The Times West Virginian

Bob Herzel

September 29, 2013

HERTZEL COLUMN: Banks turnover changes more than the game

MORGANTOWN — It was early Saturday morning, earlier than any football team likes to pile into a group of buses and leave as lovely a place as Lakeview Resort and head to a stadium for a football game.

Noon is a nice time for lunch, but really you’d like a little more time to get the competitive juices flowing, especially West Virginia University on this lovely morning, coming off a 37-0 embarrassment at Maryland a week ago and headed toward a perceived slaughter.

Awaiting them was the nation’s No. 11 team, undefeated Oklahoma State, a three-touchdown favorite.

Ishmael Banks, a cornerback they call “Icky,” nestled into his seat for the 15-minute ride or so, and lots of thoughts were rolling through his head.

“On the way over here on the bus, all I’m saying to myself is, ‘Make plays, make plays,’ know what I’m saying? Do something to help this team win. Make a play,” he recalled about six hours later, one of the most stunning upsets in WVU history having been put into the record books, a 30-21 victory over Oklahoma State.

Indeed, similar thoughts were on all the defenders’ minds. They had actually played well at Maryland. In fact, they had played well all season but were being challenged because the offense had struggled so badly.

The coaches this week had told them that just getting turnovers wasn’t enough. They had to be meaningful turnovers, done in opponent’s territory at an important moment in the game.

That is a huge challenge, of course, for just getting a turnover is hard enough.

“That was one of the things we emphasized this week, to try and set up a score so they could build up some confidence,” defensive coordinator Keith Patterson said.

“That’s West Virginia defense,” Patterson continued. “That’s what made West Virginia great over the course of how long they have been playing football. It’s just tough, physical-minded, mentally tough game. It seems like it’s always been that way. Studying West Virginia back 10 or 15 years ago, it seems they always came up with the key turnover at the right moment in the game.”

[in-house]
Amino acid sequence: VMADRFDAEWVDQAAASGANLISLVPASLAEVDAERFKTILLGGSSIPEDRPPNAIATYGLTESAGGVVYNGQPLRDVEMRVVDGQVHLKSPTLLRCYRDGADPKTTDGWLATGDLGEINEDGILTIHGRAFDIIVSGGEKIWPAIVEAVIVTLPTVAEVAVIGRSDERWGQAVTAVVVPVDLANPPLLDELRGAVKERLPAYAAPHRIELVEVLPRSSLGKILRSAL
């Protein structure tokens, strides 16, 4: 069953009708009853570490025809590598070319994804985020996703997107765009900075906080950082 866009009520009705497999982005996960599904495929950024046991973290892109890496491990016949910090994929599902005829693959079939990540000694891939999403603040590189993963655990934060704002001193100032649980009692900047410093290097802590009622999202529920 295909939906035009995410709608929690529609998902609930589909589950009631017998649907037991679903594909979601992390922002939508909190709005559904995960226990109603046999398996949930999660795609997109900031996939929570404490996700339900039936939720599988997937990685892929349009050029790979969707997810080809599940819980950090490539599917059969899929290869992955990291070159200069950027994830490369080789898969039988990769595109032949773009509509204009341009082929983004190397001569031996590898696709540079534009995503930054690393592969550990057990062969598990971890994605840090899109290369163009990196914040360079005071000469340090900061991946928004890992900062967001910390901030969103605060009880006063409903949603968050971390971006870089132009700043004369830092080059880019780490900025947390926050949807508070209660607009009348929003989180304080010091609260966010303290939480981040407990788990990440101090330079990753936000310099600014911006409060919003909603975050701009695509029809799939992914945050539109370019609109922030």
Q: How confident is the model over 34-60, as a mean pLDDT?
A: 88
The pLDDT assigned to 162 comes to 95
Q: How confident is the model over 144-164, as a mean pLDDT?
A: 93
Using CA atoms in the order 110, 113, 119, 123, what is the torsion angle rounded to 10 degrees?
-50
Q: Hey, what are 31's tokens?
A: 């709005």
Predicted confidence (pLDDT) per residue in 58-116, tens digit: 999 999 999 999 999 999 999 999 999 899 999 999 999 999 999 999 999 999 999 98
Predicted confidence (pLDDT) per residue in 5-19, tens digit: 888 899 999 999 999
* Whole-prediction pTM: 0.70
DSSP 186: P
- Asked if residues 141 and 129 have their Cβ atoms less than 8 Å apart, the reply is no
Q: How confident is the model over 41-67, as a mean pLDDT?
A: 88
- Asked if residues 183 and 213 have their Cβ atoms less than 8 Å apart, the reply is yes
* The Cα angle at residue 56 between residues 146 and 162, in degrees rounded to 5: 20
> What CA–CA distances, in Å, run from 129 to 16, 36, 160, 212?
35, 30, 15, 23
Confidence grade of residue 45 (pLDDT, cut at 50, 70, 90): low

And so it came to pass, so to speak, that in this game the Cowboys had struck first and in no small way, connecting on a 73-yard middle screen pass for a touchdown.

No matter how you looked at WVU had now given up 44 consecutive points over two games and when they immediately turned the ball back to Oklahoma State it looked like night was falling in midday.

That was when Banks stepped in front of a J.W. Walsh pass, picked it off cleanly and raced into the end zone to tie the game, 7-7.

The game changed.

Perhaps the season changed.

Who knows, maybe even Dana Holgorsen’s career path changed.

“It was a big play,” Banks admitted. “Last week, we knew we were better than that. We didn’t let it sink in and get us out of our morale.”

Patterson was asked if it could be a season-changing play.

“I think it could,” he said. “That remains to be seen. It depends on how we come back next week and come off the bye week after that.”

And Holgorsen, whose job security has been slipping, what did he think of the play?

“It was huge. That’s what we talked about all week,” he said. “We think we are playing better defense, but if you want to go from good to great, you have to make bigger plays. Darwin Cook’s interception in the fourth quarter was huge. Icky’s interception was enormous. That fumble set up a field goal was huge.

“That’s the reason we won the game. I don’t want to call them great yet, but they improved.”

Indeed, this has become one of those West Virginia defenses that used to be, a defense that looks even better than it may really be in the shadow of the abysmal defensive group that was put together a year ago.

“Obviously, they are playing much better,” losing coach Mike Gundy said. “They are more gap responsible. They are running to the football. They are better tacklers than they were a year ago.”